|Cooking allows me to express myself through a variety of foods.|
I enjoy creative writing. That’s no secret. But over the years I’ve discovered it’s also a good idea for writers to have other creative outlets besides reading and writing. They can help you decompress, mentally work through stresses and issues you may be grappling with, use different areas of your brain, and, in some cases, work their way into your writing projects.
Exercise has always been something I’ve tried to keep up with, but in the past year, I’ve also taken up two new hobbies that are letting me be creative in ways I never imagined.
The first one is cooking. A few years ago, I started following a local blogger who ended up writing a cookbook that ended up as a New York Times bestseller. Her recipes focused on cooking with whole foods so I felt good about the dishes I was making. The editor in me couldn’t quite leave the recipes “as is” and you’ll find Post-it notes stuck to various pages with notes like “add more salt,” or “cut the chili power in half,” or “double this recipe so you’ll have leftovers.” Lately, I’ve gotten even more creative with the foods I make, probably thanks to me discovering “Chopped” and “Chopped Junior” on the Food Network this past summer and binge watching episodes on Netflix. I especially favor Mexican-inspired dishes (my homemade guacamole finally convinced my husband he liked avocados) and Italian meals. Now I throw around phrases like “flavor profile,” “composed dish,” and drop hints to my family that things a glass salad dressing bottle would make a great stocking stuffer.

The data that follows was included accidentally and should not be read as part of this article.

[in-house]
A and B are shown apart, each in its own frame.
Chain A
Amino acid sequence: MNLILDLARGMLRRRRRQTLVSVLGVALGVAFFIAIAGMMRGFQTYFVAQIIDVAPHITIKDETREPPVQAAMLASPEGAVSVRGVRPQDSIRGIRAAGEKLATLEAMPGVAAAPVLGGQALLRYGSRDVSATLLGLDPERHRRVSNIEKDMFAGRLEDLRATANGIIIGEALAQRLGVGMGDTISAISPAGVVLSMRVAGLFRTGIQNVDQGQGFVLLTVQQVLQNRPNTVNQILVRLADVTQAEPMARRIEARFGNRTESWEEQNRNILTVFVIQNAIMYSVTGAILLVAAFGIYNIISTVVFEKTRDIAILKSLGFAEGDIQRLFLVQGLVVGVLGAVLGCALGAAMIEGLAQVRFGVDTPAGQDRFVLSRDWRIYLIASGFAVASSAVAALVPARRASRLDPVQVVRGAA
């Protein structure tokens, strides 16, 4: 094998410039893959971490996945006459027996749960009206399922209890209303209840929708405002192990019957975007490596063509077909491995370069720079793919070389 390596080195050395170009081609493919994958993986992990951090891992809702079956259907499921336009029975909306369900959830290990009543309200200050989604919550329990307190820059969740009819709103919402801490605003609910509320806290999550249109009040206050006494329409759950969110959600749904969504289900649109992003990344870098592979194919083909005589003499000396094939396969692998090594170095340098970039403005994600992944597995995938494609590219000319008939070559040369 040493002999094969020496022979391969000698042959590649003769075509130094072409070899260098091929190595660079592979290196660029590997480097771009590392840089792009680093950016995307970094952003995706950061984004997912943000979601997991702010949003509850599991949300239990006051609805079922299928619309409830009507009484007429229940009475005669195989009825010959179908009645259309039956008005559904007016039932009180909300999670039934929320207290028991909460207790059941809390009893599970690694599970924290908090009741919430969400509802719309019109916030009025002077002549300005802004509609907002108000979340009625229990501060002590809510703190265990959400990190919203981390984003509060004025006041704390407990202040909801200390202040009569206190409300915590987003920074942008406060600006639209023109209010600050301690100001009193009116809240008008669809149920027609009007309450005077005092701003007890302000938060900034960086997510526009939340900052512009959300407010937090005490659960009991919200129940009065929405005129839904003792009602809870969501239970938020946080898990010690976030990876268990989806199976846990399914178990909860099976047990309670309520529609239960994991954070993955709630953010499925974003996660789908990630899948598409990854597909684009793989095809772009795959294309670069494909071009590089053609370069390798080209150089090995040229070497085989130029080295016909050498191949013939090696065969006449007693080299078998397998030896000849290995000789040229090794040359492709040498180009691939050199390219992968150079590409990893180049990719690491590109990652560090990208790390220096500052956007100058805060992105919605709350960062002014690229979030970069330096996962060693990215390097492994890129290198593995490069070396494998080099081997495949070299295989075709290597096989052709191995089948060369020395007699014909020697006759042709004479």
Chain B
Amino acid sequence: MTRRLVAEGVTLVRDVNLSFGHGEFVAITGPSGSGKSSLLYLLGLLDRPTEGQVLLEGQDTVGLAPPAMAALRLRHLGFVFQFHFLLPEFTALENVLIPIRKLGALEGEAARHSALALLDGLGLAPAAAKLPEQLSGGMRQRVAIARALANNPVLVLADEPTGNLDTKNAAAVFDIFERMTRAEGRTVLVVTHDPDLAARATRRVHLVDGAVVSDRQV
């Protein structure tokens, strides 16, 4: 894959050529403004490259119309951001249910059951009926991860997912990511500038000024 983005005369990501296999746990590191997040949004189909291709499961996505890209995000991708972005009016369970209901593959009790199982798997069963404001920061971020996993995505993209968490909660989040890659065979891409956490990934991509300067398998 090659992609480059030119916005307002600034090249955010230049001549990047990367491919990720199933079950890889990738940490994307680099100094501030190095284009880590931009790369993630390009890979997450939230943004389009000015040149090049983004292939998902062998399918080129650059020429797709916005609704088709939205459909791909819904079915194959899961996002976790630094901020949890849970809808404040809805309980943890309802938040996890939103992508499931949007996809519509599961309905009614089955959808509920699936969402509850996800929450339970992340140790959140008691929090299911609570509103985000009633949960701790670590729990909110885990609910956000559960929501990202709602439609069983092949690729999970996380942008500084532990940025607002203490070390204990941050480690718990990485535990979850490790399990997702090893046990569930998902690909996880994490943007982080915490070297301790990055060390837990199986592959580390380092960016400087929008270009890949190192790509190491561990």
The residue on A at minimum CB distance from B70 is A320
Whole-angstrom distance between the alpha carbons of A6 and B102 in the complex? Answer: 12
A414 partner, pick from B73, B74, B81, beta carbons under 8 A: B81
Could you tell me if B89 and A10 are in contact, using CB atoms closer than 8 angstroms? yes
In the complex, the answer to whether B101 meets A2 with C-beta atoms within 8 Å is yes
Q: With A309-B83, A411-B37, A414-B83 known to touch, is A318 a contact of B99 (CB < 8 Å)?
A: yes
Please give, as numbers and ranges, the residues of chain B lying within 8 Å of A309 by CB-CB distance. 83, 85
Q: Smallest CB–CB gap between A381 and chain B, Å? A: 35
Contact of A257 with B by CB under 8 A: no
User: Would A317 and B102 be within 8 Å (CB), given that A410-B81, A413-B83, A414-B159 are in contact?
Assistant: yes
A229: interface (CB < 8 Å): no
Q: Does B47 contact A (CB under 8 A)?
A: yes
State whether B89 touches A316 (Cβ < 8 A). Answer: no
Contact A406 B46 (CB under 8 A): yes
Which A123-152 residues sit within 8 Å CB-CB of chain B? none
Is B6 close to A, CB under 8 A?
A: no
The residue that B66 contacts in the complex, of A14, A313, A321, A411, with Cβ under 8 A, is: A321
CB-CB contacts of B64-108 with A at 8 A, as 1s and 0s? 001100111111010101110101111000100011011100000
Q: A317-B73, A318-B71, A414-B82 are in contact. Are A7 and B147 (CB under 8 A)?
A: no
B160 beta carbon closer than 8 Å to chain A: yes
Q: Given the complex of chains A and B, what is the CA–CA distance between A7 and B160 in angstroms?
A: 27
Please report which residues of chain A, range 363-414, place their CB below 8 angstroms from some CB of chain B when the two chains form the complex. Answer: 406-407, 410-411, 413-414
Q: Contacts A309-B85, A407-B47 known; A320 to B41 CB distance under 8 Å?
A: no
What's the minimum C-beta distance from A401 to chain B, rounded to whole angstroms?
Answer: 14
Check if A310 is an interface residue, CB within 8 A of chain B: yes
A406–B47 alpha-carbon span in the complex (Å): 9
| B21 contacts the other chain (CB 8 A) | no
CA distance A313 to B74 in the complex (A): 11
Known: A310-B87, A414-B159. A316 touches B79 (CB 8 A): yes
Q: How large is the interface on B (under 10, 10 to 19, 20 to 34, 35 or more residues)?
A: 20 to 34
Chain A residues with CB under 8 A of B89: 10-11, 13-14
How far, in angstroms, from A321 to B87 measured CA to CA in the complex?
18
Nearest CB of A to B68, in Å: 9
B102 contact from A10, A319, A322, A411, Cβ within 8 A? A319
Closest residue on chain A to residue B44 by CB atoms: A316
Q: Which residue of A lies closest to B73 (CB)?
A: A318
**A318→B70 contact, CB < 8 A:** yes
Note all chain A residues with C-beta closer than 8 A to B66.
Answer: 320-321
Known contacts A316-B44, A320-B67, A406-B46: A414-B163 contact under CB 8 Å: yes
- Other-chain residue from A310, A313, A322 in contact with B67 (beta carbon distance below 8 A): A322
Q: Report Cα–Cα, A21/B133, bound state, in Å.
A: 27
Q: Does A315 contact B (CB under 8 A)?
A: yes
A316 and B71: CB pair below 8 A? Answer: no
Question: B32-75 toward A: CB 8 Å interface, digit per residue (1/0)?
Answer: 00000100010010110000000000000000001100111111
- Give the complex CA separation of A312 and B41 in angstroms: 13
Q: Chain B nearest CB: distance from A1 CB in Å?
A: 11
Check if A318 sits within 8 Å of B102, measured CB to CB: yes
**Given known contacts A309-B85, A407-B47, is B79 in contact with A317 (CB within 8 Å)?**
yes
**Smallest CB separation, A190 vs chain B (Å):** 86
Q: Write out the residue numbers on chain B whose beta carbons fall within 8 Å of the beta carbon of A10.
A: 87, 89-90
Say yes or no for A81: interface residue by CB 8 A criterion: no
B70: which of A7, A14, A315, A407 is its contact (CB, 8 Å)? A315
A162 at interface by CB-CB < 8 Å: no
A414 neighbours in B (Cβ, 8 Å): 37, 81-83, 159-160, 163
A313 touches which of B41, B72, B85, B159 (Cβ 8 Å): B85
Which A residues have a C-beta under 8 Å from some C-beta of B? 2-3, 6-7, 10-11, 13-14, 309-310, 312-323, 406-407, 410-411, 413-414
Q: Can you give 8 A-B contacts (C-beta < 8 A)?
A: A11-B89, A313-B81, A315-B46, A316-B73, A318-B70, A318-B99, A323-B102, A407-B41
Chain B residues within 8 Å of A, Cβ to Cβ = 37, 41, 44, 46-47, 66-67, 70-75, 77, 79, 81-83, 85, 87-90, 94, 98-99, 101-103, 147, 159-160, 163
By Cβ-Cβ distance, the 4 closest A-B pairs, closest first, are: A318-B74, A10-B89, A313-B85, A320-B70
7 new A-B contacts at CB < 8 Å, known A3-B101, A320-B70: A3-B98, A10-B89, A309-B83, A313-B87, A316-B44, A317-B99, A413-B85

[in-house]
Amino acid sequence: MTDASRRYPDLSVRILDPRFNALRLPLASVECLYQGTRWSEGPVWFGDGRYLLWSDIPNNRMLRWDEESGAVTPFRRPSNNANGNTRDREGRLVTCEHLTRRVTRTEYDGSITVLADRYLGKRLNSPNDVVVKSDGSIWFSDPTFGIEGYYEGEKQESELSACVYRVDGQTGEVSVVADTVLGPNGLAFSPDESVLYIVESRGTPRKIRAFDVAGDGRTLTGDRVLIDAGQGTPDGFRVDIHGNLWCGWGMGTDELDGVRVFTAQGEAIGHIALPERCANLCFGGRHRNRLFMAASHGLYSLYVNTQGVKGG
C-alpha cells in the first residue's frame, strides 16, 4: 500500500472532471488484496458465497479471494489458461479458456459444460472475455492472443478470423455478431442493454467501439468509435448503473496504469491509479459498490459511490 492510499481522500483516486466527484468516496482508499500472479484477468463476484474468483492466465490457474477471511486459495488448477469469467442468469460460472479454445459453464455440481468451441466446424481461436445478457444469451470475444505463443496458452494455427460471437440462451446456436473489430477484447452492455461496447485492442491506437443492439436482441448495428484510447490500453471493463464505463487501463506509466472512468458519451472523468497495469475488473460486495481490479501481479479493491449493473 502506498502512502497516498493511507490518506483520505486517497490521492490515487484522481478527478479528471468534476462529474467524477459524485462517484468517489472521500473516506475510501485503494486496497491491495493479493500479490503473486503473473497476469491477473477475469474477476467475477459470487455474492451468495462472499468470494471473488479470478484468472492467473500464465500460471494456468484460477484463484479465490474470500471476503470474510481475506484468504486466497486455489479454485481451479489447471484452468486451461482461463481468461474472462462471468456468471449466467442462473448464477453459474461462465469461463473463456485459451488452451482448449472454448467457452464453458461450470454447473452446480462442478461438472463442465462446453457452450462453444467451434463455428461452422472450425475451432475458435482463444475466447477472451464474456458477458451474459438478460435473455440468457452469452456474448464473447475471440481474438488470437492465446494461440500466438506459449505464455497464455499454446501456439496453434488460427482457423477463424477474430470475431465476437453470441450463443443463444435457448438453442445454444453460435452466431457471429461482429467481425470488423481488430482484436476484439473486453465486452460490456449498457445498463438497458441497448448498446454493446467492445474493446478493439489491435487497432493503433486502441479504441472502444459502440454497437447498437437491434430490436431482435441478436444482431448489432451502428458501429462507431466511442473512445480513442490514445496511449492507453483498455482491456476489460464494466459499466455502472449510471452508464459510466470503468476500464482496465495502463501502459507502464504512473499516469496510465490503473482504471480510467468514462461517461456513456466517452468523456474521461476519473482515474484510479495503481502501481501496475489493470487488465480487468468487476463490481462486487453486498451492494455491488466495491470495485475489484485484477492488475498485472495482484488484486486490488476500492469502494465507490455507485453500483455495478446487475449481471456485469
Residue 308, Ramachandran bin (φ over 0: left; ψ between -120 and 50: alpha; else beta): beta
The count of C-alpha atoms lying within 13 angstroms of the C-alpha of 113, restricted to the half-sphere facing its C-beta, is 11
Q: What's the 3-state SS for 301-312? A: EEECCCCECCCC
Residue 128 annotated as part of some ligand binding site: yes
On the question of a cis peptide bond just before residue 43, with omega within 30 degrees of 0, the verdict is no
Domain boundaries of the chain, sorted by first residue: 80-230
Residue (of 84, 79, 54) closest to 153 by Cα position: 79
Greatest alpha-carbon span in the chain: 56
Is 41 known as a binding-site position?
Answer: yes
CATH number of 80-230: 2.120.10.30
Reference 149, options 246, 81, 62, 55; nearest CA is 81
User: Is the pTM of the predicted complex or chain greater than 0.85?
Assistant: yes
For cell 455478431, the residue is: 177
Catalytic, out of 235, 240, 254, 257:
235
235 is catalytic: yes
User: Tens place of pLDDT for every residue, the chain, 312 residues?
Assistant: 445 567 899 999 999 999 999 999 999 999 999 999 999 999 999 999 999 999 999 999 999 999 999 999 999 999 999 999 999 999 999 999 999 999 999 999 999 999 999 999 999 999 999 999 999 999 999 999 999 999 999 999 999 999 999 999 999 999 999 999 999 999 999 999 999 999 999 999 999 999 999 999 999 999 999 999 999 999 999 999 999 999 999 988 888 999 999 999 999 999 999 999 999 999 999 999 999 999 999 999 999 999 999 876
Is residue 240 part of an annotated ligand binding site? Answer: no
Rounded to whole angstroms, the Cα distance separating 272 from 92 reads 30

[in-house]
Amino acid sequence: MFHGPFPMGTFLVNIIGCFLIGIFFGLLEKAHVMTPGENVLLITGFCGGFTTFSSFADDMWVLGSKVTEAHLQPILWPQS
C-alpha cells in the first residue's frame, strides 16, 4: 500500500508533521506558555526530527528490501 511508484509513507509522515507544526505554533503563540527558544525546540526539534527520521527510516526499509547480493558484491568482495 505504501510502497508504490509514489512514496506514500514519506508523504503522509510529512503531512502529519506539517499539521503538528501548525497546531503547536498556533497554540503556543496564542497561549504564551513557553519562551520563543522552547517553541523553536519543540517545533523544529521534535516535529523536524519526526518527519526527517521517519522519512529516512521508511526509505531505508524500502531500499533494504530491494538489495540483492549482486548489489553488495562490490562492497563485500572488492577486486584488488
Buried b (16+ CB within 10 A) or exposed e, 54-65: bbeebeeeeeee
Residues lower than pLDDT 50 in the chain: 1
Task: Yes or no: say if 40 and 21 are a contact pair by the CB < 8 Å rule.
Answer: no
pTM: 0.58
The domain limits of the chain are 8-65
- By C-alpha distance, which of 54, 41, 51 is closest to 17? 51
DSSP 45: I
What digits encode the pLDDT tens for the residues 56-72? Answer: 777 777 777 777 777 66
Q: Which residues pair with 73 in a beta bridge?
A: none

I also joined the chancel choir at my church a few months ago. I’ve always loved to sing, but never found many ways to practice it in between writing, editing, cooking, and driving my kids back and forth to their activities. Now it makes me feel good to have choir practice once a week (something just for me) and learn choral pieces I’ve never heard before. It gets me out of my head and my house (sometimes I need a little nudge in that area) and forces me to work with others to create a cohesive program.
It dawned on me today that these two activities work well for me because each time I do them, there is a clear start and finish. Once you begin cooking a baked good or dish, you pretty much have to follow through to the end. The same thing goes for singing in a performance in front of an audience. This may be why other outlets don’t work so well for me—things such as sketching, coloring, or crafting. It’s too easy for me to set them aside (not unlike my short stories and novels) and never finish them.
Do you have any other creative outlets you enjoy? What are they and how do you feel they help you?
Renee Roberson is an award-winning freelance writer and editor who has recently discovered a love of cooking and unearthing quick and healthy recipes. You can get an idea of some of her culinary adventures by following her on Instagram at @rlroberson.
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